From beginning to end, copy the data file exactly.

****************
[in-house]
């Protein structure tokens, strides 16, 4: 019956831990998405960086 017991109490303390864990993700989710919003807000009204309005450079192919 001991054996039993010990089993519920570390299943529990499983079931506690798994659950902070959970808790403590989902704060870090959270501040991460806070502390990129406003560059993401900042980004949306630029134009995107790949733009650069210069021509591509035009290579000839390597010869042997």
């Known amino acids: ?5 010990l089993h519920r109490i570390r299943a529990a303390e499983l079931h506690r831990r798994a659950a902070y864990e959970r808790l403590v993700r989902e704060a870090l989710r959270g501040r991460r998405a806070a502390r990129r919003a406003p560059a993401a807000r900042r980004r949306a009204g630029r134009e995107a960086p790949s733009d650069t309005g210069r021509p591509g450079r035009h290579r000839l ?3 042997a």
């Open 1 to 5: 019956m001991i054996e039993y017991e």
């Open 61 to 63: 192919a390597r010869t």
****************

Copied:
[in-house]
């Protein structure tokens, strides 16, 4: 019956831990998405960086 017991109490303390864990993700989710919003807000009204309005450079192919 001991054996039993010990089993519920570390299943529990499983079931506690798994659950902070959970808790403590989902704060870090959270501040991460806070502390990129406003560059993401900042980004949306630029134009995107790949733009650069210069021509591509035009290579000839390597010869042997």
């Known amino acids: ?5 010990l089993h519920r109490i570390r299943a529990a303390e499983l079931h506690r831990r798994a659950a902070y864990e959970r808790l403590v993700r989902e704060a870090l989710r959270g501040r991460r998405a806070a502390r990129r919003a406003p560059a993401a807000r900042r980004r949306a009204g630029r134009e995107a960086p790949s733009d650069t309005g210069r021509p591509g450079r035009h290579r000839l ?3 042997a």
């Open 1 to 5: 019956m001991i054996e039993y017991e």
């Open 61 to 63: 192919a390597r010869t």